The joy that is offered by Father Zossima perceives and addresses great suffering, revealing itself to be no stranger to human misery but refusing to let such misery define the terms of a life that belongs to God (p. 22).
Currie’s study of Father Zossima and the insights he offers here for pastoral care are rich indeed. I was particularly struck by his interaction with the third vignette. A peasant woman comes to Father Zossima and without saying word falls prostrate before him with her face to the ground. She confesses that when her alcoholic, abusive husband was deathly ill, she wished not for healing but for his death. Having already confessed this to her priest, she comes to Father Zossima continuing to fear for her soul. In Zossima’s response Currie finds the heart of God’s extravagant mercy:
Father Zossima’s words to the woman voice the deepest convictions of Dostoyevsky’s own novelistic vision and summarize his understanding of redemptive love, Continue reading
This concludes our study of L. Ann Jervis’ look at human suffering (At the Heart of the Gospel: Suffering in the Earliest Christian Message). In her final chapter on Romans she makes what I believe are her most transparently theological – and insightful – contributions of the book yet.
Romans: Embracing Paul’s concern for those not “in Christ”
Paul understands suffering to be caused by sin, the presence of which affects all humanity, believers and nonbelievers alike, as they wait for the ultimate defeat of sin and with it the end of suffering. What this means for Jervis is that because all humanity “shares the same history – a history of bondage to sin” believers should see themselves as co-sufferers with those who do not believe.
The Christian’s attitude toward those who suffer outside of faith, Jervis explains, “would be profound love and compassion, care for the present and future lives of all humanity, outrage when tribulations occur to any person or part of this planet” (p. 119). Continue reading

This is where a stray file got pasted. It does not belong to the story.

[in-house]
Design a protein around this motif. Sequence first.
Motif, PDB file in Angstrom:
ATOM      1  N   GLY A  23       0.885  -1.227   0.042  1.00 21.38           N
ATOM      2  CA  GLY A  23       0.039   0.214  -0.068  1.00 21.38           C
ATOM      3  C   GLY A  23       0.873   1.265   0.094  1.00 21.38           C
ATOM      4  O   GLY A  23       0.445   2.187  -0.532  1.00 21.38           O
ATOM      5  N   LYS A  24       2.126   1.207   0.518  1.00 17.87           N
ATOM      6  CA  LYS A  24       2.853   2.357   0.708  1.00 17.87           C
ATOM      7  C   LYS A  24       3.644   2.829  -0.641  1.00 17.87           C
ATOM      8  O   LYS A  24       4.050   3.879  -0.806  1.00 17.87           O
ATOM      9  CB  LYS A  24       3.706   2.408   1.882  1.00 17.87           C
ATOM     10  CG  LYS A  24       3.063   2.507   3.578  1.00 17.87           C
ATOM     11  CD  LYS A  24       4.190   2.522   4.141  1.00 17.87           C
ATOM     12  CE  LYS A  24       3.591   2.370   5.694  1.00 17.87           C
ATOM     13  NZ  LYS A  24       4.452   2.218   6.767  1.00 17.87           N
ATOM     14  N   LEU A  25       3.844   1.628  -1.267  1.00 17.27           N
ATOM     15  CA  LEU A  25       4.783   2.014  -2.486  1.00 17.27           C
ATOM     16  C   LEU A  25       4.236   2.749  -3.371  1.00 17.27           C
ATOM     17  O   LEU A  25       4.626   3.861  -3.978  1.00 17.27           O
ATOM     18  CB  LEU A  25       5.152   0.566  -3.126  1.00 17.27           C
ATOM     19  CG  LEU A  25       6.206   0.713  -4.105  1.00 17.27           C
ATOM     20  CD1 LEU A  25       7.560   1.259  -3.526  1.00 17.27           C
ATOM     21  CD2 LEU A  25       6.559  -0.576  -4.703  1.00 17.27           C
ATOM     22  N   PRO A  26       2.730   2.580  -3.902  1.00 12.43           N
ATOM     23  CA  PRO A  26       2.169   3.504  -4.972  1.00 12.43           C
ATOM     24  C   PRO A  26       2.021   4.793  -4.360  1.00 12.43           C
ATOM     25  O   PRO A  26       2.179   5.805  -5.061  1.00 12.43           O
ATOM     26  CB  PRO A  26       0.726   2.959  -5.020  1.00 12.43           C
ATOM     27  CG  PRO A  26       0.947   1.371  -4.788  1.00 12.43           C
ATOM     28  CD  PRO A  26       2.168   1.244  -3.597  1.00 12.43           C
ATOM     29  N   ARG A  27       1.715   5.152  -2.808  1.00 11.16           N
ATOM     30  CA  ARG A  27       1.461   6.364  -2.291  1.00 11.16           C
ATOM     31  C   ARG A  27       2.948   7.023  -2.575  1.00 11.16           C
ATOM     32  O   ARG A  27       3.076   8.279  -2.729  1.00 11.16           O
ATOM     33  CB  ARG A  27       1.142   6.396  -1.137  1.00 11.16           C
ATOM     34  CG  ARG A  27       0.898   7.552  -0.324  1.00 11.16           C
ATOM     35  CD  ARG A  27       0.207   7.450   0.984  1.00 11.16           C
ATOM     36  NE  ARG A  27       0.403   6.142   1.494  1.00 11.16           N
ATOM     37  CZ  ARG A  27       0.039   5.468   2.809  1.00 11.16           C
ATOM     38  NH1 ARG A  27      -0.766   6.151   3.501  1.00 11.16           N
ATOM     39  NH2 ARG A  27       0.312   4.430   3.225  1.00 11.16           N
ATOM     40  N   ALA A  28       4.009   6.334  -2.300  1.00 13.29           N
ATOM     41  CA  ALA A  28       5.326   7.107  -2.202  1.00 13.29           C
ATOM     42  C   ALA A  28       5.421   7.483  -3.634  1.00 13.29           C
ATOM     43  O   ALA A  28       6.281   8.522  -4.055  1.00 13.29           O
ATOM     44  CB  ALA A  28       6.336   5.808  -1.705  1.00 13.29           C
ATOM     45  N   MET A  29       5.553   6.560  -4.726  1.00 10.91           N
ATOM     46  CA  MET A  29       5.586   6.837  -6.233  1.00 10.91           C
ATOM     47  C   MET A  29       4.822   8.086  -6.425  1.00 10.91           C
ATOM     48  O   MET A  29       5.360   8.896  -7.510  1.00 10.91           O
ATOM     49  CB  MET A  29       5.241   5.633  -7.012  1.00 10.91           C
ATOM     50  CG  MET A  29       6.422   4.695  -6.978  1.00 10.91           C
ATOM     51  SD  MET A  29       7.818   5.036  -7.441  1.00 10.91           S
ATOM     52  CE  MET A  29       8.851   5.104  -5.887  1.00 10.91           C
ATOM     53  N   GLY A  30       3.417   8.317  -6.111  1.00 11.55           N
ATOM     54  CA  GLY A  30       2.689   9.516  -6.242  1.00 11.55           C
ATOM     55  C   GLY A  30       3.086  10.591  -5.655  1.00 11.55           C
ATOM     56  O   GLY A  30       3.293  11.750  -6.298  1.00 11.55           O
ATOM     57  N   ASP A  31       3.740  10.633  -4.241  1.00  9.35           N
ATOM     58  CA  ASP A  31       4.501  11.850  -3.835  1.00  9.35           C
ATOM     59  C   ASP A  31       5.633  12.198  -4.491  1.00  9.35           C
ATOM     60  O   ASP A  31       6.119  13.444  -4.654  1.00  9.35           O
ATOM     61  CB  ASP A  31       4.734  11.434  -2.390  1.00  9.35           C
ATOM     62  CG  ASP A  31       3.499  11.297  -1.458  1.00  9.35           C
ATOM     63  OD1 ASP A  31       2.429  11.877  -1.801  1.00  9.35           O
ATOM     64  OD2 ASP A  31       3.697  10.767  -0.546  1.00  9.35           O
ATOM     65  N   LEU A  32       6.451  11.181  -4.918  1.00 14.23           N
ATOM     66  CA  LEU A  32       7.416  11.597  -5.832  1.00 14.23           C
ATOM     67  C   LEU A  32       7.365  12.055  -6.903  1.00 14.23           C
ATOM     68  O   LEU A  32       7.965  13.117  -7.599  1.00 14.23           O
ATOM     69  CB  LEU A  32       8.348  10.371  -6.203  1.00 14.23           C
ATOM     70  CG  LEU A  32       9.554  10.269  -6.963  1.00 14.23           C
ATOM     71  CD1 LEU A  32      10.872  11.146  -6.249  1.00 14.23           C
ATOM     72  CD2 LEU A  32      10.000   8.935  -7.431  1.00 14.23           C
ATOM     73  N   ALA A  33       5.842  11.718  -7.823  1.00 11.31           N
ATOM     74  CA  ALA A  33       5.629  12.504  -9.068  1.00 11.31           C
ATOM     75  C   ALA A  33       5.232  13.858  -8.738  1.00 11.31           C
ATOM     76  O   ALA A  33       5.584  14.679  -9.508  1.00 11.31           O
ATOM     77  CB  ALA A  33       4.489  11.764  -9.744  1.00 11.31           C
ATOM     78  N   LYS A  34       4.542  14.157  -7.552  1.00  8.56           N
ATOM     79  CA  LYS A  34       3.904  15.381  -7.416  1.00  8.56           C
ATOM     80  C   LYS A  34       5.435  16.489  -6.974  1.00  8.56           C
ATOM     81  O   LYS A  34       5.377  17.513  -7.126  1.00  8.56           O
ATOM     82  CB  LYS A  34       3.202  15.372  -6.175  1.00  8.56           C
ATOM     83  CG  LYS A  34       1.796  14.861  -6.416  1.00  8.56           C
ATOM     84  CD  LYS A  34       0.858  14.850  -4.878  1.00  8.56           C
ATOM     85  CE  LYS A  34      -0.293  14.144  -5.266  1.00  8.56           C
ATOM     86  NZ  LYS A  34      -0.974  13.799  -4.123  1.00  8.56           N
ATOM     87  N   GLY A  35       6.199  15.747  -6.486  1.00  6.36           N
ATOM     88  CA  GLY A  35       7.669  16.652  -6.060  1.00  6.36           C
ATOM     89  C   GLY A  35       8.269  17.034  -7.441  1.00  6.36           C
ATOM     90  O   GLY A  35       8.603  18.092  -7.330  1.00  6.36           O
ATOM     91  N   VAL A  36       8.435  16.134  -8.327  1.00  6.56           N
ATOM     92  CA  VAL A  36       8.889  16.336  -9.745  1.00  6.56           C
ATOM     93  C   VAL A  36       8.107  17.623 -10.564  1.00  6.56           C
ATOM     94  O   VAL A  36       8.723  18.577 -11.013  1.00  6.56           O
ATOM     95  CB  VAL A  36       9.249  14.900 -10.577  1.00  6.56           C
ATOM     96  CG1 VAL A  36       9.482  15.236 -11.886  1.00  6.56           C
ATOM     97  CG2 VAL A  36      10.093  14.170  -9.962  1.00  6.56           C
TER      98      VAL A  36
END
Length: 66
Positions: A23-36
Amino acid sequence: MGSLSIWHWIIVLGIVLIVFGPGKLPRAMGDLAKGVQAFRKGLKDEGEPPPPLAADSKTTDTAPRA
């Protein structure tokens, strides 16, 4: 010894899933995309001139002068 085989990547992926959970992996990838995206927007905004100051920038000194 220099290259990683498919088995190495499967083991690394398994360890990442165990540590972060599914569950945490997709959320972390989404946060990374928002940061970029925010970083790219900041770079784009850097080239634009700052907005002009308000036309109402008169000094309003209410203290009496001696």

As I read At the Heart of the Gospel I am continually impressed with L. Ann Jervis‘ graceful presentation. Moving easily between exegesis and exhortation, at times it feels more like I am reading a sermon than a textual study.
Philippians: Suffering that Shapes
During my pastoral ministry, I prayed with grieving mothers, cried with family members in chronic pain, and sat for hours with those whose most cherished relationships have been shattered by tragedy. In each case, even if left unsaid and even if mature believers were involved, the question of “why?” loomed. With that question in mind, Jervis directs us through the text of Philippians to point out a powerful reality: Christ-followers who suffer do so “in” Christ and their pain is not lost, fruitless, or random. On the contrary, because we suffer in the light of the resurrection our suffering produces life not death.
Whether they be the tragedies of death, the humiliations of age, the challenges of illness or poverty, believers may suffer knowing that the power of life is greater than the power of suffering and death. Continue reading
Guest Blogger: L. Ann Jervis
Note: When beginning an extended discussion with a particular book, such as At the Heart of the Gospel, we invite the author to participate in the dialogue for our accountability and to enrich the discussion. In the following comments, L. Ann Jervis responds to the “nagging Christological question” I posed last week regarding atonement and participation:
I think that Paul takes conformity to Christ very seriously: the lives of those ‘in Christ’ are to follow the pattern of Christ’s life – in our faith, which is Christ’s faith, and in our lives before our physical deaths, which are to be lived in Christ’s suffering and death and in hope of Christ’s resurrection.
Where Christ and those ‘in him’ differ is that Christ is the one who made possible what believers can know; and that Christ has already experienced what we can only hope for. Continue reading
As we saw yesterday, Jervis (At the Heart of the Gospel) makes three interwoven claims from 1 Thessalonians. First, she connects Christologically the suffering of Christ to the suffering of believers through Paul’s exhortation to “imitate” Christ in 1:6. In some mysterious way, she urges, God actually uses the suffering of believers toward his redemptive ends (I have some concerns here, see my comments from yesterday).
She follows with two further claims:
(2) A Spiritual-Pneumatological Claim:
Paul understands the threads of holiness, which are faith, hope, and love, to be threaded through the needle of affliction. Living in faith, hope, and love does not mean one is protected from pains…By accepting the word of the gospel (1:6) and determining to lead lives worthy of God (2:12), the Thessalonians became both people who exhibited faith, hope, and love and people who suffered. Their faith, hope, and love are expressed as they suffer (p. 20).